Premiere: Hear the captivating blend of highlife and afro-funk from Glitterbeat Records' reissue of Edikanfo's The Pace Setters.
Back in 1981, a debut record from a young Ghanaian eight-piece group called Edikanfo began turning heads. People were drawn to The Pace Setters album for its infectious blend of highlife and afro-funk, but also due to the record's producer: Brian Eno.
Eno, at the time, had been looking towards West Africa and the likes of Fela Kuti for inspiration, some of which he took to his work on Talking Heads' Remain in Light and David Byrne on My Life in the Bush of Ghosts.
"Faisal Helwani (Edikanfo's manager) invited me to Ghana as an 'international observer' for the biennial Festival of African Song and Dance, which was that year to be held in Sunyani," Brian Eno tells OkayAfrica, "I accepted—having spent the previous few years immersed in Fela's early albums and the previous few months stuck into John Miller Chernoff's book African Rhythm and African Sensibility. I was very keen to hear some African music in situ. Prior to the visit I knew little about Edikanfo. The original arrangement with Faisal was that I would produce the band and in return they would play some things for me and, in due course, I'd work over them."
Eno and Edikanfo recorded The Pace Setters together at Studio One in Accra, creating this captivating blend of Ghana's sonic worlds. It was a sort of early Graceland idea," Eno mentions. "The actual recording sessions were joyful—the band played with such verve that you couldn't resist. The recording process was challenging—not many mics and a lot of people very close to each other in the smallish room—but the proximity paid off in tight, telepathic performances."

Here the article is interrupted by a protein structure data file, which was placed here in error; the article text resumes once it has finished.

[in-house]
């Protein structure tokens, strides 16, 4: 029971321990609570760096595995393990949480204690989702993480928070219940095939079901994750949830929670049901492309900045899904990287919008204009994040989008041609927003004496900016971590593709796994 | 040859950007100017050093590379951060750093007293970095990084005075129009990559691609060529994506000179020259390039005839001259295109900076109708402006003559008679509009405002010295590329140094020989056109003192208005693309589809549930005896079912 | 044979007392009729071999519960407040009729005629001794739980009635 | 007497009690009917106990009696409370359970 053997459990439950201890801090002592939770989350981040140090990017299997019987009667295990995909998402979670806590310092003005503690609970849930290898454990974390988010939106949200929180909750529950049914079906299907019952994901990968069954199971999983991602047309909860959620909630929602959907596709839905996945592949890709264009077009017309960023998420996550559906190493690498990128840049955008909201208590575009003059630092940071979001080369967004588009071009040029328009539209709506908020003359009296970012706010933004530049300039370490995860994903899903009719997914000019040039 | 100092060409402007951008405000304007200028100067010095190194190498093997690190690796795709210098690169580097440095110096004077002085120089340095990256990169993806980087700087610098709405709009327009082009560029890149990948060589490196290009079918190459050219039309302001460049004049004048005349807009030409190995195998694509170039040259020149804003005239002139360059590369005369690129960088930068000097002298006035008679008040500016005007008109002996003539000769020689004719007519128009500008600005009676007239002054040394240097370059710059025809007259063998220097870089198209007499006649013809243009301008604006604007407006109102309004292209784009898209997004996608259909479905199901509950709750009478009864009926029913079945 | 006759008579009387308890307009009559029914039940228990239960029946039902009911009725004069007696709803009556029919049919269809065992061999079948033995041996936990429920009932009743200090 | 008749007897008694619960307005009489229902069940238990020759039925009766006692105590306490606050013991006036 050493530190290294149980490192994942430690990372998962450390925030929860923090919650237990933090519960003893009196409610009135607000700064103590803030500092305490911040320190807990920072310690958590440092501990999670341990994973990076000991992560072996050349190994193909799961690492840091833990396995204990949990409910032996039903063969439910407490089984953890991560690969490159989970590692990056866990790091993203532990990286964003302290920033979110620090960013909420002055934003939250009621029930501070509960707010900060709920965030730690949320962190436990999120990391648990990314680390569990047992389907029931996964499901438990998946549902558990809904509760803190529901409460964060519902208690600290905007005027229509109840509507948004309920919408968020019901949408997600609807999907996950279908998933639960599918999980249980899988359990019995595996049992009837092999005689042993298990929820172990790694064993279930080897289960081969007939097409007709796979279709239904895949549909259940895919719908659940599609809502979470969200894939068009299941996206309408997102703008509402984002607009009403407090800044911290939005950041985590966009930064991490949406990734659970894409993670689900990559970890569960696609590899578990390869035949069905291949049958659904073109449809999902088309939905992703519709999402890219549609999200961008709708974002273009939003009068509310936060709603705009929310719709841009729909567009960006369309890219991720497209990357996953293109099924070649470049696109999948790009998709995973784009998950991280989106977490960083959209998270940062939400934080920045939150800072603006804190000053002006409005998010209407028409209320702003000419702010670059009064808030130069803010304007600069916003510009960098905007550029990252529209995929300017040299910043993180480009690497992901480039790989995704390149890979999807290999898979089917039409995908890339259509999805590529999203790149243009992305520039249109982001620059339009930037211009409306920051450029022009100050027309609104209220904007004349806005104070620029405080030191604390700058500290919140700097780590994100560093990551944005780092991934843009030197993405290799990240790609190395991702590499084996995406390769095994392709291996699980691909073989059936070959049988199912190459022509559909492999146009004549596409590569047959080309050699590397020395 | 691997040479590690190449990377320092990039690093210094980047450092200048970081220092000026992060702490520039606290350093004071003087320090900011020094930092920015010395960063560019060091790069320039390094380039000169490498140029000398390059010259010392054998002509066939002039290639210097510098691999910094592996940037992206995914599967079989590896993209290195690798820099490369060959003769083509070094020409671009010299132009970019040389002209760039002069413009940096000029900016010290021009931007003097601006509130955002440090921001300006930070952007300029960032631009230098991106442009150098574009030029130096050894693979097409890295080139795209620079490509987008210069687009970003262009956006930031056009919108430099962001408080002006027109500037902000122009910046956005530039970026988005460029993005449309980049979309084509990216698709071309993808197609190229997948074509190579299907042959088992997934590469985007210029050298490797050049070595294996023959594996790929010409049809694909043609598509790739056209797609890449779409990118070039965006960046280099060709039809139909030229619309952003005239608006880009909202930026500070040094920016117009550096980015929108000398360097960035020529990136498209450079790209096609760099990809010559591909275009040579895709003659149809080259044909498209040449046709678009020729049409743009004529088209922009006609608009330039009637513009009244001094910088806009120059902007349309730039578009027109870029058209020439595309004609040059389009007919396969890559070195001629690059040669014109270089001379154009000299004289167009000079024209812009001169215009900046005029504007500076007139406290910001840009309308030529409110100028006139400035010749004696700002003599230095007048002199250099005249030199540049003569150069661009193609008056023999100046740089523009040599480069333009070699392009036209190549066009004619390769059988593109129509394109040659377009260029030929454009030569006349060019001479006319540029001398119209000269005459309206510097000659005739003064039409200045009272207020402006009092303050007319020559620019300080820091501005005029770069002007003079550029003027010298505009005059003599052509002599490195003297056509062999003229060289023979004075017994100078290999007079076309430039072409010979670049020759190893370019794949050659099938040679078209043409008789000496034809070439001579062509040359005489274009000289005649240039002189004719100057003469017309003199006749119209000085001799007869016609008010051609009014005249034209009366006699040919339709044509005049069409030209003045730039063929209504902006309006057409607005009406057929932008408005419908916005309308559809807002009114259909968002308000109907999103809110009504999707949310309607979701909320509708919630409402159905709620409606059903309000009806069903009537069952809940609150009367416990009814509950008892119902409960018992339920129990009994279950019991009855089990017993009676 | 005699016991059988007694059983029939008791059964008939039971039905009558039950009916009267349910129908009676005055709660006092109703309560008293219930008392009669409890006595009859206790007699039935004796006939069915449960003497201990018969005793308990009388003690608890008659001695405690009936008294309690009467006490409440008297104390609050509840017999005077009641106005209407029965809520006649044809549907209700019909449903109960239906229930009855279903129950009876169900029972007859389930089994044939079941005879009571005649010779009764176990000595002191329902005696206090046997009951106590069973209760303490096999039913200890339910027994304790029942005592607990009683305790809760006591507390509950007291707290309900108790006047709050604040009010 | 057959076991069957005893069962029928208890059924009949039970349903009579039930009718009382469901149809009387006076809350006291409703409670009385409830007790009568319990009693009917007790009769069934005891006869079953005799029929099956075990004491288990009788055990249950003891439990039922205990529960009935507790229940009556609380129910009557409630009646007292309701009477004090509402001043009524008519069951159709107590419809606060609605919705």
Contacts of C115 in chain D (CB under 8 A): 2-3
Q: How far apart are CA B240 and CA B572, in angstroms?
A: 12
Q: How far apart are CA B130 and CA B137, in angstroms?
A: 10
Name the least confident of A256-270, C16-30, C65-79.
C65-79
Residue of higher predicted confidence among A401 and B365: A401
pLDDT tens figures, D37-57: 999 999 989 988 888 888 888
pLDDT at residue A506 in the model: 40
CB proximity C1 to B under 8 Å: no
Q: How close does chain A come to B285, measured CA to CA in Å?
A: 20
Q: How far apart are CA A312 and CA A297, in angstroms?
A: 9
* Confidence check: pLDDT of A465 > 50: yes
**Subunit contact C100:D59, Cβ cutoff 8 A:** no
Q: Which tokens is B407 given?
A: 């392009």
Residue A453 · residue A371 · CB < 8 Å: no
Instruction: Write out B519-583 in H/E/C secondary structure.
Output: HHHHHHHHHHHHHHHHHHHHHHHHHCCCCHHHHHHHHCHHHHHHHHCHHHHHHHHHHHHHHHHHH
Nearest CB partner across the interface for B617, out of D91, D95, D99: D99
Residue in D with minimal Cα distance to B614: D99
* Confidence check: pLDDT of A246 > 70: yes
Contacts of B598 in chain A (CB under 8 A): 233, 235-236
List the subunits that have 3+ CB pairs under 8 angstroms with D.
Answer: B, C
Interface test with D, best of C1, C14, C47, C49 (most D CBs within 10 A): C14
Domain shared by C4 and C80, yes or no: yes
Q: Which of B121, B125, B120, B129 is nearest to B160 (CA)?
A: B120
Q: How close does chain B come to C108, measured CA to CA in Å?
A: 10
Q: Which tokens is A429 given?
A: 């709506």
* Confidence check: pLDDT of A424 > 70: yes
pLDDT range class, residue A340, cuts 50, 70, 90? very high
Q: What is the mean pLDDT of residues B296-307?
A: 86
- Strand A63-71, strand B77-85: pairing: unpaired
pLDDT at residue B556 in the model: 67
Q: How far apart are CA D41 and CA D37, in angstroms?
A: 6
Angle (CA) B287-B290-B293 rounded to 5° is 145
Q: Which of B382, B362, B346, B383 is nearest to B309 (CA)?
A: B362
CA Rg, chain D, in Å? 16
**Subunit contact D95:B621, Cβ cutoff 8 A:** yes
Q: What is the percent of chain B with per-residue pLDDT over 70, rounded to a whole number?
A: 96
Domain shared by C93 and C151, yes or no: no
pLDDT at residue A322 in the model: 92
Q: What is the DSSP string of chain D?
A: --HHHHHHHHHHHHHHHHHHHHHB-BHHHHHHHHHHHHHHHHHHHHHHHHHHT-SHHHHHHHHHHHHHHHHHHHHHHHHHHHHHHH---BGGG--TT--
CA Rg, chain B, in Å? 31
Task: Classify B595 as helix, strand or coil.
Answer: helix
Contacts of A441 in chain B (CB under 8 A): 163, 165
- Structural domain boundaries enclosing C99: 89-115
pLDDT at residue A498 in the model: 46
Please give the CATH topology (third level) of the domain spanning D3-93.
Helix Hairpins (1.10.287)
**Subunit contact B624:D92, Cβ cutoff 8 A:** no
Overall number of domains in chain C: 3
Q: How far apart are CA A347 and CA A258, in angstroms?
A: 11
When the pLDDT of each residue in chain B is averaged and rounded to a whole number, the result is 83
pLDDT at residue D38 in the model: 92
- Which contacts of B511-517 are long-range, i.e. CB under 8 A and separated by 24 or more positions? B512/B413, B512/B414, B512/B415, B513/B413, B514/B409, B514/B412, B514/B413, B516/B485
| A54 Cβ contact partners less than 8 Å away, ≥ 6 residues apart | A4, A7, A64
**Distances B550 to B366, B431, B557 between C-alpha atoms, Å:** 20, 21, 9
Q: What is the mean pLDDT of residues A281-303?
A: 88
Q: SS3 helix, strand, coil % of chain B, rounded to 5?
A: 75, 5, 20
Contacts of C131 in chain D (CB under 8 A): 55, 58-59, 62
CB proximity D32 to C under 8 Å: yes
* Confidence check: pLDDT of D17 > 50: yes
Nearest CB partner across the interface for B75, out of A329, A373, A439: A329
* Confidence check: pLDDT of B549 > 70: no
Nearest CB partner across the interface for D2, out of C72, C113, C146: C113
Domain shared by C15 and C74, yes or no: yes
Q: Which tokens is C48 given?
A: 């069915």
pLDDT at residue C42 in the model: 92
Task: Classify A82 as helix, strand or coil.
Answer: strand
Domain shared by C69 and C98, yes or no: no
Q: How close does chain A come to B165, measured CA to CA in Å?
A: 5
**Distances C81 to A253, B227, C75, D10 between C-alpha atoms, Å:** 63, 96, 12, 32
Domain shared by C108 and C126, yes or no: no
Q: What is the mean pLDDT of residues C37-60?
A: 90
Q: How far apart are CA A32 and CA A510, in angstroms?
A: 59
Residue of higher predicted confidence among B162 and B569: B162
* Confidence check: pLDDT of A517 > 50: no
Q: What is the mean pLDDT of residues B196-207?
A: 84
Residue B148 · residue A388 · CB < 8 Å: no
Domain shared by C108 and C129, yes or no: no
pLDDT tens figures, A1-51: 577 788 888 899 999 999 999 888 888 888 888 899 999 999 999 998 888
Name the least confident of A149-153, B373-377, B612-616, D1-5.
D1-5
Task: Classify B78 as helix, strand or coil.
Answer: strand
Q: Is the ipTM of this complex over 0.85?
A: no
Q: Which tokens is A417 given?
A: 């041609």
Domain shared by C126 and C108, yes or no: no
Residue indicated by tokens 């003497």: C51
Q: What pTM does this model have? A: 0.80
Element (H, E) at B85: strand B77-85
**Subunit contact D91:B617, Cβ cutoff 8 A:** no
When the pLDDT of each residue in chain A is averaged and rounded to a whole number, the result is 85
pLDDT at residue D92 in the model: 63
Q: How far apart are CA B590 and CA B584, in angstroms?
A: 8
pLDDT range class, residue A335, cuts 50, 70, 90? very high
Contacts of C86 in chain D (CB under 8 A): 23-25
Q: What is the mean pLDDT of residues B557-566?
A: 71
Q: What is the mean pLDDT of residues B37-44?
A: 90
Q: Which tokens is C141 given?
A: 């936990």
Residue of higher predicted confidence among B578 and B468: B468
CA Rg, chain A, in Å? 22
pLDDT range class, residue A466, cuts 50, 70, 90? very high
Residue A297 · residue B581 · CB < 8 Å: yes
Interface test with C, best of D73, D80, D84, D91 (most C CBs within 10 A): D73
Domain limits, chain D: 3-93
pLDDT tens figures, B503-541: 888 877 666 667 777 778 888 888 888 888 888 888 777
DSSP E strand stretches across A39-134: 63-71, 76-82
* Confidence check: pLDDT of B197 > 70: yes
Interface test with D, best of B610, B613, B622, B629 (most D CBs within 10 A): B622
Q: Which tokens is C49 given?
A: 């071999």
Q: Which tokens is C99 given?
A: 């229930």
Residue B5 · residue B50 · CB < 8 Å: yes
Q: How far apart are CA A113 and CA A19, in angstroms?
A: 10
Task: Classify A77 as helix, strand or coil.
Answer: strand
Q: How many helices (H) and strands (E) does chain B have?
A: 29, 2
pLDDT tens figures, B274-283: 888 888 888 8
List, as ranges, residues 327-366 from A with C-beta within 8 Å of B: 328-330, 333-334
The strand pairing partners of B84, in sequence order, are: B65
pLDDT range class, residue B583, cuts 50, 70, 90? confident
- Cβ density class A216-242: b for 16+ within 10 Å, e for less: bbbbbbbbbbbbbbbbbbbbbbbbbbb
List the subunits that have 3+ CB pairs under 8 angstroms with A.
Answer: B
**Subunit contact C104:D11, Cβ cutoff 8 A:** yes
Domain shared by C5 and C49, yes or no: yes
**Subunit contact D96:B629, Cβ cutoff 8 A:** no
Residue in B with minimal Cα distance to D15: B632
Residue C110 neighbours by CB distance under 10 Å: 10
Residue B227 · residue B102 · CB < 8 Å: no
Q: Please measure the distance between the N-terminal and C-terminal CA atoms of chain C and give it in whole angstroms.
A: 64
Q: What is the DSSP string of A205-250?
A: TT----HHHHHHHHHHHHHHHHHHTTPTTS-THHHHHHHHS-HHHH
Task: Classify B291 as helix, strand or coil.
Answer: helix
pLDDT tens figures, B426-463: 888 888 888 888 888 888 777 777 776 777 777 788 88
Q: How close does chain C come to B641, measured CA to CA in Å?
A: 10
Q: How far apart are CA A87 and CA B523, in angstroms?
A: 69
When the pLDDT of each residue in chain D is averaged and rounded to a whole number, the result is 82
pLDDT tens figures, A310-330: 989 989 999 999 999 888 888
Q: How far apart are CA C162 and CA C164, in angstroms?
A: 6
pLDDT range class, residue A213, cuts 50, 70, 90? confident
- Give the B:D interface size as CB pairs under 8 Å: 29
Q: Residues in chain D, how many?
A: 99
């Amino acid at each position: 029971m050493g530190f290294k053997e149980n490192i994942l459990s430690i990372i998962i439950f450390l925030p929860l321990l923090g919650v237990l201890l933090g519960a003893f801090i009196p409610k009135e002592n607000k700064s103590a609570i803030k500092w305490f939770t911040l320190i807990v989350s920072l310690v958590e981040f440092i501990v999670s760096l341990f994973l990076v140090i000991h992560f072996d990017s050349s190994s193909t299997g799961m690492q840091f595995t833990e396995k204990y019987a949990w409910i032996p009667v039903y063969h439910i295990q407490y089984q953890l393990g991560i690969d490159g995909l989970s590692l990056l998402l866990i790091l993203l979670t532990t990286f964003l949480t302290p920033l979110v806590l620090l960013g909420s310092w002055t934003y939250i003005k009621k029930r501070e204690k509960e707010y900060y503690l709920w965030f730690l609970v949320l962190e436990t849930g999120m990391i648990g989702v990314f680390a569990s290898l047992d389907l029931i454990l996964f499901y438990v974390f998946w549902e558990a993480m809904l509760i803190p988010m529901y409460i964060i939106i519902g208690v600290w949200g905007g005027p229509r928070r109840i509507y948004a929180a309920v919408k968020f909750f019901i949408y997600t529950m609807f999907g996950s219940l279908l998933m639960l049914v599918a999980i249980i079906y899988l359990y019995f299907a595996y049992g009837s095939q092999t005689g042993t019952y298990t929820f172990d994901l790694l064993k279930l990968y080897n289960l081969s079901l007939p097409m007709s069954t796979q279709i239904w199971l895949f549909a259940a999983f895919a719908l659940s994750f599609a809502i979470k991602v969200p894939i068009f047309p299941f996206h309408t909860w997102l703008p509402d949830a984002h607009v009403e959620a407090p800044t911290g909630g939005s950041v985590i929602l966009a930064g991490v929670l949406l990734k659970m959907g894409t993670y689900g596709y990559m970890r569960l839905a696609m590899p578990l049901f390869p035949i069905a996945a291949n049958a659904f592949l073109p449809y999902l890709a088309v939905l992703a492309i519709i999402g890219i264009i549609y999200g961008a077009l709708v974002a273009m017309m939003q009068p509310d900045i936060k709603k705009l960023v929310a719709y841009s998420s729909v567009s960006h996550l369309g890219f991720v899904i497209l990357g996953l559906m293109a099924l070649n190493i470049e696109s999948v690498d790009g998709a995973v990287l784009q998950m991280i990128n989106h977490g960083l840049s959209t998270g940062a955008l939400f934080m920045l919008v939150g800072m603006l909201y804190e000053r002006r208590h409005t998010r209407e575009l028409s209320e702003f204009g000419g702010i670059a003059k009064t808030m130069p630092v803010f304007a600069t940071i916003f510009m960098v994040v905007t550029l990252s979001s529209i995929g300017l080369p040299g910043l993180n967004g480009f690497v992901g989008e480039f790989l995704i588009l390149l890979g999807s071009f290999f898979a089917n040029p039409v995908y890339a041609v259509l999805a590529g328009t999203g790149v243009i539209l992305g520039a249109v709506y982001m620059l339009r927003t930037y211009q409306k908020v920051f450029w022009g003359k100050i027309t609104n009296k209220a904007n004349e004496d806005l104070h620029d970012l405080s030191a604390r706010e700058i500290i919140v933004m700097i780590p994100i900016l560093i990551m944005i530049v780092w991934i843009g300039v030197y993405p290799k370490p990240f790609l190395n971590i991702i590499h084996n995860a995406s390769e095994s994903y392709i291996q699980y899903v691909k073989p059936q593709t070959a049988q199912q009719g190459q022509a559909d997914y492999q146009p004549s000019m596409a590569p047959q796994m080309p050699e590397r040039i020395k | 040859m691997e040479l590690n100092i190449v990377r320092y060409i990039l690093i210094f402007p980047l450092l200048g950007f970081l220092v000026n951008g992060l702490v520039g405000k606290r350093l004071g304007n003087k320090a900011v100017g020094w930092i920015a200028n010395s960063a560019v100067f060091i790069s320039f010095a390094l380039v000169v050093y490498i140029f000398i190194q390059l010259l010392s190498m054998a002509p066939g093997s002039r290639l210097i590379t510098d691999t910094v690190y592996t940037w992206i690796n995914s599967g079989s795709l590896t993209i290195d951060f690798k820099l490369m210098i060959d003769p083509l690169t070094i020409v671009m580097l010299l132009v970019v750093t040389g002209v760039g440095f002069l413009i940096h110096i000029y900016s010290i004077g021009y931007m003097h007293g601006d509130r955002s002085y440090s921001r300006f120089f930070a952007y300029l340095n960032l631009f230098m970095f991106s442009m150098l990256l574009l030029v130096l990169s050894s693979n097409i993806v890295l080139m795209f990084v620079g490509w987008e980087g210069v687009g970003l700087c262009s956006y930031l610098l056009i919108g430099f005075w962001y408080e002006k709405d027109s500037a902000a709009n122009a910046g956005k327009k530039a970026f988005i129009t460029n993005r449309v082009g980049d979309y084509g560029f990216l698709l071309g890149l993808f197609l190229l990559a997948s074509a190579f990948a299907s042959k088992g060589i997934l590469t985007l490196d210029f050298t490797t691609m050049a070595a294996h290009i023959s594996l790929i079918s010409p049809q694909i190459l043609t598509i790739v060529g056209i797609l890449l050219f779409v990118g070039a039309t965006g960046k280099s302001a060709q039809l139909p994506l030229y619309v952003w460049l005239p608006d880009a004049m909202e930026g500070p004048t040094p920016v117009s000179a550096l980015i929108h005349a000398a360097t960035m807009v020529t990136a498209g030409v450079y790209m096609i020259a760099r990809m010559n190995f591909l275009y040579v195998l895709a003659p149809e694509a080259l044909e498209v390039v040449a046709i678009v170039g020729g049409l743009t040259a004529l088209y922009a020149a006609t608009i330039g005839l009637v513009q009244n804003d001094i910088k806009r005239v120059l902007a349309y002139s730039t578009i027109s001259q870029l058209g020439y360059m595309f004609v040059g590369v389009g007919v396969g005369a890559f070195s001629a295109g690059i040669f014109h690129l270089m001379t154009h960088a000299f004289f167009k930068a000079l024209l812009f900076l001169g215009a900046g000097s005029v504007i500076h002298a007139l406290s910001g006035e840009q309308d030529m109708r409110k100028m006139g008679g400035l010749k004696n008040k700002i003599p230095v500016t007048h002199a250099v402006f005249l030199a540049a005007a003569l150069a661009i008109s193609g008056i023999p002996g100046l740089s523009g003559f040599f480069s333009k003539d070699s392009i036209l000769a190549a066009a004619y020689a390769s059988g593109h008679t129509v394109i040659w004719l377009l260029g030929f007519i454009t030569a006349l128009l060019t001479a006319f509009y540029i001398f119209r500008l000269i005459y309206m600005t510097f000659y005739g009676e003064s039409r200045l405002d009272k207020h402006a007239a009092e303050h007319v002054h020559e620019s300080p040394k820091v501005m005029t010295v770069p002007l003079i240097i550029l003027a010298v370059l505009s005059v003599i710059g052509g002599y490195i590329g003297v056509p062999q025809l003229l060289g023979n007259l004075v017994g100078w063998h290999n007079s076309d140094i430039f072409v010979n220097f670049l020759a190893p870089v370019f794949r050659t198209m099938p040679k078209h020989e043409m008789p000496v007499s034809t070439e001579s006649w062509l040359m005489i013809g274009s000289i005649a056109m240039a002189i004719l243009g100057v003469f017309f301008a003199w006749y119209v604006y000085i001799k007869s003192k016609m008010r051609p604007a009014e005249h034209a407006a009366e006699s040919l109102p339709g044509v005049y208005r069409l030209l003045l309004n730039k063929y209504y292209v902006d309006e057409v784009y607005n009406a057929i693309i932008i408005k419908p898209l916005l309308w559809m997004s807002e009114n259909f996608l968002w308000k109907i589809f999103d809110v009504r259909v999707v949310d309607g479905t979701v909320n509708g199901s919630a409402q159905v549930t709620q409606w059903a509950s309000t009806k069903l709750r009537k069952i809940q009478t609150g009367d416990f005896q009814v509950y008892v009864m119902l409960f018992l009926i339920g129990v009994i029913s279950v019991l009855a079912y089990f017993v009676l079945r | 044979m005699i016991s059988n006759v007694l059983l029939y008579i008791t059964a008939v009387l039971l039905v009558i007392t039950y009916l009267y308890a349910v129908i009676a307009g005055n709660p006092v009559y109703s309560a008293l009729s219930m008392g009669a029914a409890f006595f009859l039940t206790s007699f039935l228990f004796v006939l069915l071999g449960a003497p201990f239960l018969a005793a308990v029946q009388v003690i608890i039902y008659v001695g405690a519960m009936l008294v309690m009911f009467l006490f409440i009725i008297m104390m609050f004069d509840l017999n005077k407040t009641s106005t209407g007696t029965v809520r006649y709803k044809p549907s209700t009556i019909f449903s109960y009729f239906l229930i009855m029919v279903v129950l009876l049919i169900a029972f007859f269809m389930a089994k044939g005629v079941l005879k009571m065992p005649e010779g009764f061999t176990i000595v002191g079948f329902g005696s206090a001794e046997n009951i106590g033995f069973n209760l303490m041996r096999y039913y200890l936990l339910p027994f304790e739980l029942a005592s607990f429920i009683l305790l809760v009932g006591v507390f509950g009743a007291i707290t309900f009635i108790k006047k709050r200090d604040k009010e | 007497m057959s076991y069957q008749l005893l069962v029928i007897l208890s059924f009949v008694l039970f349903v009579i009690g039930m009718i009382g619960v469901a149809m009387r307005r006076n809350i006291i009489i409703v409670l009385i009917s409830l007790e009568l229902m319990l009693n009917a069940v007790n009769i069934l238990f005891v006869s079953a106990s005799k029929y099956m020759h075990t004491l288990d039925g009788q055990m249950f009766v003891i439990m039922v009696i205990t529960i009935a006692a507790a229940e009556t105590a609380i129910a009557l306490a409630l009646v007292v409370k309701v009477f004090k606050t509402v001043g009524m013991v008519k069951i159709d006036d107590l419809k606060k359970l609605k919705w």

Unfortunately, just when things were looking up for Edikanfo and the release of The Pace Setters, a coup d'etat hit Ghana at the end of 1981. Edikanfo bassist, songwriter and founding member Gilbert Amartey Amar says, "We were just about ready to tour the world to promote the record then the coup happened. There was another coup d'état. And that's actually why we split."
"The government was going to give us some money to help prepare for the trip. And then when the coup happened the new government said—there is no money—so the confusion started right from there, and that's why we decided not to go on anymore," Amartey Amar continues. "There was no way to do the tour we needed to do.... When I finally went to Europe the record was all over. So a lot of people had the record in Europe even before I went there. So now we are trying to tour again. You know, it's about time."
Listen to our first listen of "Gbenta" ahead of the re-release of Edikanfo's The Pace Setters via Glitterbeat Records.
Edikanfo - Gbenta www.youtube.com